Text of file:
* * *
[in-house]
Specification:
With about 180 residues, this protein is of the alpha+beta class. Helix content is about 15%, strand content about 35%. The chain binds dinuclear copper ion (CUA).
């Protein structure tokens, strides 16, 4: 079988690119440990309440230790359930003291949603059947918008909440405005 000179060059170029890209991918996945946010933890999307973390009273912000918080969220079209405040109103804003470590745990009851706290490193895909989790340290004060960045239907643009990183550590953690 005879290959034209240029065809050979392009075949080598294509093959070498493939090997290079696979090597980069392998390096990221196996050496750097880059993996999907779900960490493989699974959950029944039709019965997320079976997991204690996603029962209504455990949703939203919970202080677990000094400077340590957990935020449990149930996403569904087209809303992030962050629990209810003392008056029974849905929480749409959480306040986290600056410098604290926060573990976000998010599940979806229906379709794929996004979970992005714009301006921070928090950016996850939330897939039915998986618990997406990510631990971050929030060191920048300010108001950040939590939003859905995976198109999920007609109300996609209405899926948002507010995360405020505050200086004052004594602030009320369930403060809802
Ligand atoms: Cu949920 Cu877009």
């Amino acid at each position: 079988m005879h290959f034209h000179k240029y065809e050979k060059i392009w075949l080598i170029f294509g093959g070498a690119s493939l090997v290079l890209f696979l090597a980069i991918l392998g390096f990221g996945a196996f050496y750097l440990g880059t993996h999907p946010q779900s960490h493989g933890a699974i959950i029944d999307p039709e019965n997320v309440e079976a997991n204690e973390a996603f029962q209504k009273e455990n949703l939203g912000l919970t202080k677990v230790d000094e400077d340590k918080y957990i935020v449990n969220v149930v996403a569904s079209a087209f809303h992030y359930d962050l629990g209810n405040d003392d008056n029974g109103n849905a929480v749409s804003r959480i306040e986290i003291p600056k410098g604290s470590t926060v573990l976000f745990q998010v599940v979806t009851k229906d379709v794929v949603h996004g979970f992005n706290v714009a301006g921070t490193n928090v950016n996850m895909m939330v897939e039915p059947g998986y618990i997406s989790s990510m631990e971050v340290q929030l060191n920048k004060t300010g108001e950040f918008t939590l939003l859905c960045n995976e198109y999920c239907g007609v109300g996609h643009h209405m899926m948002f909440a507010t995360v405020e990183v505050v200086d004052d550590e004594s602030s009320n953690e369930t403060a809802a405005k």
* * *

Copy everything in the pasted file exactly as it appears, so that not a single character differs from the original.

[in-house]
Specification:
With about 180 residues, this protein is of the alpha+beta class. Helix content is about 15%, strand content about 35%. The chain binds dinuclear copper ion (CUA).
């Protein structure tokens, strides 16, 4: 079988690119440990309440230790359930003291949603059947918008909440405005 000179060059170029890209991918996945946010933890999307973390009273912000918080969220079209405040109103804003470590745990009851706290490193895909989790340290004060960045239907643009990183550590953690 005879290959034209240029065809050979392009075949080598294509093959070498493939090997290079696979090597980069392998390096990221196996050496750097880059993996999907779900960490493989699974959950029944039709019965997320079976997991204690996603029962209504455990949703939203919970202080677990000094400077340590957990935020449990149930996403569904087209809303992030962050629990209810003392008056029974849905929480749409959480306040986290600056410098604290926060573990976000998010599940979806229906379709794929996004979970992005714009301006921070928090950016996850939330897939039915998986618990997406990510631990971050929030060191920048300010108001950040939590939003859905995976198109999920007609109300996609209405899926948002507010995360405020505050200086004052004594602030009320369930403060809802
Ligand atoms: Cu949920 Cu877009």
């Amino acid at each position: 079988m005879h290959f034209h000179k240029y065809e050979k060059i392009w075949l080598i170029f294509g093959g070498a690119s493939l090997v290079l890209f696979l090597a980069i991918l392998g390096f990221g996945a196996f050496y750097l440990g880059t993996h999907p946010q779900s960490h493989g933890a699974i959950i029944d999307p039709e019965n997320v309440e079976a997991n204690e973390a996603f029962q209504k009273e455990n949703l939203g912000l919970t202080k677990v230790d000094e400077d340590k918080y957990i935020v449990n969220v149930v996403a569904s079209a087209f809303h992030y359930d962050l629990g209810n405040d003392d008056n029974g109103n849905a929480v749409s804003r959480i306040e986290i003291p600056k410098g604290s470590t926060v573990l976000f745990q998010v599940v979806t009851k229906d379709v794929v949603h996004g979970f992005n706290v714009a301006g921070t490193n928090v950016n996850m895909m939330v897939e039915p059947g998986y618990i997406s989790s990510m631990e971050v340290q929030l060191n920048k004060t300010g108001e950040f918008t939590l939003l859905c960045n995976e198109y999920c239907g007609v109300g996609h643009h209405m899926m948002f909440a507010t995360v405020e990183v505050v200086d004052d550590e004594s602030s009320n953690e369930t403060a809802a405005k």